JEANNE MATENGA-PITT: TAKING CHARGE AT RADIO COOK ISLANDS

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By Erin Phelan

SUVA, Fiji Islands (February 18, 2000 - PINA Nius Online)---Jeanne Matenga-Pitt has to succeed. Success is not only familiar to her - failure is unacceptable.

The 25-year-old Cook Islands broadcaster has so far achieved both her bachelor’s degree and her master’s degree on a lightening-speed trail of learning overseas. She has also worked in engineering for Telecom Cook Islands while working part-time as a broadcaster, and producing an award-winning documentary.

Now Matenga-Pitt is general manager of Radio Cook Islands, one of the pioneering women in radio station general management in the Pacific Islands.

Her task: to turn the former government-owned station into a success despite a declining population and a difficult economic climate.

In Suva for a Training the Trainers in Commercial Radio Programming workshop organized by the UNESCO/PINA Pacific Journalism Development Centre under the AusAID Pacific Media Initiative, she summed up her difficult mandate: "It is my job to reinvent radio so that we have a product that attracts advertisers and is entertaining for the audience. I have to do that."

But what if she can't turn radio around? "I will turn it around," says Matenga-Pitt. "I can't fail. I can't live with failure - it is just like with my schoolwork. I always had to be the best."

Broadcast media in the Cook Islands are a family affair: her husband George Pitt owns the radio and television stations, her sister-in-law Shona Pitt managed the television side until leaving recently to take up the post of chief executive of the Broadcasting Corporation of Niue. There are various other relatives scattered throughout the stations.

However, Matenga-Pitt is quick to issue this reminder: her husband might own the stations, but it is his wife - and his sister - who have been running the show. In fact, in the Cook Islands, women are the majority of news media professionals.

"When you look at the Cook Islands, it is often the men who go out and fish and the women who sell the fish," she says. "The women are the ones doing the business, the sales, the interactions. Men are a bit more shy."

"You look at women in the media in the Cooks, and it is mostly women," she says with a tinge of pride, citing several top-level managers and journalists - a group she clearly belongs to.

Matenga-Pitt says her studies in Australia really changed her viewpoint about voicing her opinion, and questioning authority. Growing up in the Cook Islands, it is common for children to be "spoken to but not really heard."

"When I went to study in Australia, I saw how the other students interacted with teachers, and asked questions," she says. "Before that, I thought and believed everything that the teacher said, without questioning."

Now, she isn't afraid to speak her mind. She thinks women make good managers because they know how to manage the home and coordinate the children, as well as being breadwinners. She says believes women make good journalists because they tend to be more emotionally driven, and that this guides a lot of their work.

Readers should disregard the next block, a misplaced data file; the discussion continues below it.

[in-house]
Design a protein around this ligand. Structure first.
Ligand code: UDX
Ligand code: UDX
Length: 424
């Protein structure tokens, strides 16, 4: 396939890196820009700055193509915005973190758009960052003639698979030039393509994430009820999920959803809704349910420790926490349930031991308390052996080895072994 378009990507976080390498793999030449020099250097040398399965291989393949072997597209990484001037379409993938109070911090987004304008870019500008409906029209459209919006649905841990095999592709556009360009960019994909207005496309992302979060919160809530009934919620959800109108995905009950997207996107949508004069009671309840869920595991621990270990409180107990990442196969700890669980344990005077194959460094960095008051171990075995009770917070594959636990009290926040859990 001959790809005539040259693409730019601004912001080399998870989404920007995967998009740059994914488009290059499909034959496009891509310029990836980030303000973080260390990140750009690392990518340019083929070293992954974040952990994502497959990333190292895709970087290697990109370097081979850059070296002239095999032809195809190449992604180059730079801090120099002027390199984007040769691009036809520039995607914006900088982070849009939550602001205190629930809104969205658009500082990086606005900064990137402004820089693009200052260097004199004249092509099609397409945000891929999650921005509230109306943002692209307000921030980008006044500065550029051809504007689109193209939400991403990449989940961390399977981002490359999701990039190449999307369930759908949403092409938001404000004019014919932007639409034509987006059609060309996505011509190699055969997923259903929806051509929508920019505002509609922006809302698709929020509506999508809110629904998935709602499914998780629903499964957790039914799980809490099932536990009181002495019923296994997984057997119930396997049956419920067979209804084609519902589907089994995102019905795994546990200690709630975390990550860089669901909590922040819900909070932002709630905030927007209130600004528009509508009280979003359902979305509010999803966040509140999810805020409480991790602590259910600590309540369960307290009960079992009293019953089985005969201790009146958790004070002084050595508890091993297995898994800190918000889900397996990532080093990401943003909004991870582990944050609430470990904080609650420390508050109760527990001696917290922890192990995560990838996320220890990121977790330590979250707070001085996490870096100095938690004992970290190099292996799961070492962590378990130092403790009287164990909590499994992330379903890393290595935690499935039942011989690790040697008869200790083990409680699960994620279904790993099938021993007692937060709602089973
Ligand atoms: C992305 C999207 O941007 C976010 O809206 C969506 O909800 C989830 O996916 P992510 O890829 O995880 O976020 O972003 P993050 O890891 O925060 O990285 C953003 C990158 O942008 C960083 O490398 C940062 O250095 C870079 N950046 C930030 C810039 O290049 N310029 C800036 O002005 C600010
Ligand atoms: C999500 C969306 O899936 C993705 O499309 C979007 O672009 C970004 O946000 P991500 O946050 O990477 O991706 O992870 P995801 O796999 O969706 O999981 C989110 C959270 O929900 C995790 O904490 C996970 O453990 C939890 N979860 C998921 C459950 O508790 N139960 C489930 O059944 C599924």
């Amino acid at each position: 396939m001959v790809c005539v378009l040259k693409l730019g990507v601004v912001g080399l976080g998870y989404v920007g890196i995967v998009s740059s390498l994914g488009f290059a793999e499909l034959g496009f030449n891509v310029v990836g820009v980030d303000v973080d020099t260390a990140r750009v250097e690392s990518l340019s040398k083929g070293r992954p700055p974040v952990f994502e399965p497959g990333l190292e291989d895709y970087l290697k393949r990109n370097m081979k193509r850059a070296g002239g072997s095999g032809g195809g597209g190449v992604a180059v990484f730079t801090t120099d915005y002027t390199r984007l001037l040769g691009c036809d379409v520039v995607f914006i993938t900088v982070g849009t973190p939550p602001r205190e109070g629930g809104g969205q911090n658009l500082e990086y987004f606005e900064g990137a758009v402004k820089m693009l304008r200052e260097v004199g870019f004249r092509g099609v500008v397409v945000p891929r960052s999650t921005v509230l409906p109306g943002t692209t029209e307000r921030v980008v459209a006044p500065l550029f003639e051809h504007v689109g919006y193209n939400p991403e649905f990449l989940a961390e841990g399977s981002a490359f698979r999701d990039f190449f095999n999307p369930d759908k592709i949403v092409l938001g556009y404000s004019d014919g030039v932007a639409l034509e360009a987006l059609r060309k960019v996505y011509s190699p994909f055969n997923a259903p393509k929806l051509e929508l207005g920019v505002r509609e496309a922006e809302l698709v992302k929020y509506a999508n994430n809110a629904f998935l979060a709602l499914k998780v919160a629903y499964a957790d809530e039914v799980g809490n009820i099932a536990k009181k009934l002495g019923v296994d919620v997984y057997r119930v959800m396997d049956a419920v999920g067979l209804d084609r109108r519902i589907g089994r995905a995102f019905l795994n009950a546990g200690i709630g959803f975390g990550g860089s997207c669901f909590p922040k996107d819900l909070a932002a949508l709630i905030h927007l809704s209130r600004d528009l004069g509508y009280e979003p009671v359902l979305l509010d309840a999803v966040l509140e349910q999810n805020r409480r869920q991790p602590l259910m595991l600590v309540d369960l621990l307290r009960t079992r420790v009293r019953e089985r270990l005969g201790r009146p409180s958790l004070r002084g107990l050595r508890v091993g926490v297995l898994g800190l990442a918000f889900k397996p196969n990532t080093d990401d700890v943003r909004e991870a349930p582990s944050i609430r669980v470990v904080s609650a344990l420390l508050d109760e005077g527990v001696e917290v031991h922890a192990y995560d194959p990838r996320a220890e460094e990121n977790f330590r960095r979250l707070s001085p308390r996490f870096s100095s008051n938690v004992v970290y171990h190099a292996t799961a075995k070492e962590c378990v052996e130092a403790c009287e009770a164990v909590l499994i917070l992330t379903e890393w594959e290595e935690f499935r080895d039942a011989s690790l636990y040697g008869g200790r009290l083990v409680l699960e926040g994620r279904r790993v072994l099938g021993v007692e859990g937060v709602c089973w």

Matenga-Pitt said attending the PINA/AusAID workshop hosted by commercial broadcasters Communications Fiji, Limited was a powerful experience. Not only because of the intense training program, which had participants working in teams well into the nights. She roomed with like-minded women managers from Papua New Guinea and the Solomon Islands. She says it was refreshing to be around such women, especially because they were not in a position of direct rivalry.

"Sometimes, amongst women, it is like we are in a big competition. You can see this in the workplace, when a new woman comes in and is getting attention because she is pretty and the guys seem to admire her. Women get incredibly jealous, and don't like other women to outdo them."

Matenga-Pitt says she has always been moved by her brains, and never tried to rely on her looks. This inspired some resentment from peers. However, having spent five and a half years studying overseas Matenga-Pitt is accustomed to going after her own ambitions without thinking about what others think of her.

This is evident in her private life as well. She acknowledges that the 23-year age difference between herself and her husband draws some attention from time to time. However, she isn't fazed by such matters. "If it is love, then it is love," she says simply. She met him when he was teaching motivational courses and self-esteem. Now, her husband is her foremost advocate. "I have my husband's support, and that's all the confidence I need."

Matenga-Pitt reaps personal strength through achievement. Turning around Cook Islands radio is one vehicle to do this. She became manager after the first company to try to run the station as a privatized commercial broadcaster failed. The challenges include economic reforms, which have led to thousands of Cook Islanders migrating to New Zealand in search of jobs.

She says: "I want advertisers to flock to the station and have audiences turning it on without thinking about it, " she says with determination. When she was working with Telecom - a male-dominated work environment - Matenga-Pitt says she got along well with men and even admits that it is sometimes easier to work alongside men, rather than women.

But she was often told she "couldn't climb the poles, because I was a woman.

"My place was inside, doing the office work, the papers, making the contacts." In other words, leave the messy stuff for the men. However, this suits Matenga-Pitt fine: "I don't want to climb the poles - I want to design the networks. I'll be the brains, they can provide the labor."

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